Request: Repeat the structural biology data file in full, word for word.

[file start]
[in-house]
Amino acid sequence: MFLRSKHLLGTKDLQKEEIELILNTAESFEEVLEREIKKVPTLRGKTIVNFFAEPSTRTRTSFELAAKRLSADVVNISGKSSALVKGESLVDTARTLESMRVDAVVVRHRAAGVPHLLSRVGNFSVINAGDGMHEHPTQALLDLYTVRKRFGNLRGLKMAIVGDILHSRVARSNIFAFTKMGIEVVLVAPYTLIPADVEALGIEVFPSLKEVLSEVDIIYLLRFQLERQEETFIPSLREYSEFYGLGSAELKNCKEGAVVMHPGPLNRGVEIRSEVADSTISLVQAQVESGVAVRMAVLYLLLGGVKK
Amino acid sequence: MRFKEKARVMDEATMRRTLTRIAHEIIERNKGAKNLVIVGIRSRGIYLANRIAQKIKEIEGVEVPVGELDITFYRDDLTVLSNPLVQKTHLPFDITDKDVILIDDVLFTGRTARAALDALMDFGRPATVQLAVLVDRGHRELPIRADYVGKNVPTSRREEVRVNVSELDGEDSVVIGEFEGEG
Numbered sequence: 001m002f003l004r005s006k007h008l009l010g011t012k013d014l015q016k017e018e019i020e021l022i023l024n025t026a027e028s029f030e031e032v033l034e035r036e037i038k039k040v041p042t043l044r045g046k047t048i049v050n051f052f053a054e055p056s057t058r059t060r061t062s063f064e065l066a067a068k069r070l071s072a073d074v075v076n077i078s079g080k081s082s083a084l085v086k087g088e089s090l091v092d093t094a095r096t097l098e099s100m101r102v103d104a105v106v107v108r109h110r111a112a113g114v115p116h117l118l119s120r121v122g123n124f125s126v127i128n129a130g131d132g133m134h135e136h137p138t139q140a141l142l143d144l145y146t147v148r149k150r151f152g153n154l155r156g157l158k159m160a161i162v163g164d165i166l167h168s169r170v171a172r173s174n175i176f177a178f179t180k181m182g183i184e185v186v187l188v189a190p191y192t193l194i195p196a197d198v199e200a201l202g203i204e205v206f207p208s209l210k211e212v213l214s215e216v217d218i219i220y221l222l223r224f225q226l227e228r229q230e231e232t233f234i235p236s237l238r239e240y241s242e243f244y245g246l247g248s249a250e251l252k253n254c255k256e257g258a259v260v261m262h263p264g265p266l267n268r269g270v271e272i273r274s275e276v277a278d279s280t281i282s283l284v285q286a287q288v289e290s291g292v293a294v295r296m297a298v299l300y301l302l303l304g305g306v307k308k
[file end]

[in-house]
Amino acid sequence: MFLRSKHLLGTKDLQKEEIELILNTAESFEEVLEREIKKVPTLRGKTIVNFFAEPSTRTRTSFELAAKRLSADVVNISGKSSALVKGESLVDTARTLESMRVDAVVVRHRAAGVPHLLSRVGNFSVINAGDGMHEHPTQALLDLYTVRKRFGNLRGLKMAIVGDILHSRVARSNIFAFTKMGIEVVLVAPYTLIPADVEALGIEVFPSLKEVLSEVDIIYLLRFQLERQEETFIPSLREYSEFYGLGSAELKNCKEGAVVMHPGPLNRGVEIRSEVADSTISLVQAQVESGVAVRMAVLYLLLGGVKK
Amino acid sequence: MRFKEKARVMDEATMRRTLTRIAHEIIERNKGAKNLVIVGIRSRGIYLANRIAQKIKEIEGVEVPVGELDITFYRDDLTVLSNPLVQKTHLPFDITDKDVILIDDVLFTGRTARAALDALMDFGRPATVQLAVLVDRGHRELPIRADYVGKNVPTSRREEVRVNVSELDGEDSVVIGEFEGEG
Numbered sequence: 001m002f003l004r005s006k007h008l009l010g011t012k013d014l015q016k017e018e019i020e021l022i023l024n025t026a027e028s029f030e031e032v033l034e035r036e037i038k039k040v041p042t043l044r045g046k047t048i049v050n051f052f053a054e055p056s057t058r059t060r061t062s063f064e065l066a067a068k069r070l071s072a073d074v075v076n077i078s079g080k081s082s083a084l085v086k087g088e089s090l091v092d093t094a095r096t097l098e099s100m101r102v103d104a105v106v107v108r109h110r111a112a113g114v115p116h117l118l119s120r121v122g123n124f125s126v127i128n129a130g131d132g133m134h135e136h137p138t139q140a141l142l143d144l145y146t147v148r149k150r151f152g153n154l155r156g157l158k159m160a161i162v163g164d165i166l167h168s169r170v171a172r173s174n175i176f177a178f179t180k181m182g183i184e185v186v187l188v189a190p191y192t193l194i195p196a197d198v199e200a201l202g203i204e205v206f207p208s209l210k211e212v213l214s215e216v217d218i219i220y221l222l223r224f225q226l227e228r229q230e231e232t233f234i235p236s237l238r239e240y241s242e243f244y245g246l247g248s249a250e251l252k253n254c255k256e257g258a259v260v261m262h263p264g265p266l267n268r269g270v271e272i273r274s275e276v277a278d279s280t281i282s283l284v285q286a287q288v289e290s291g292v293a294v295r296m297a298v299l300y301l302l303l304g305g306v307k308k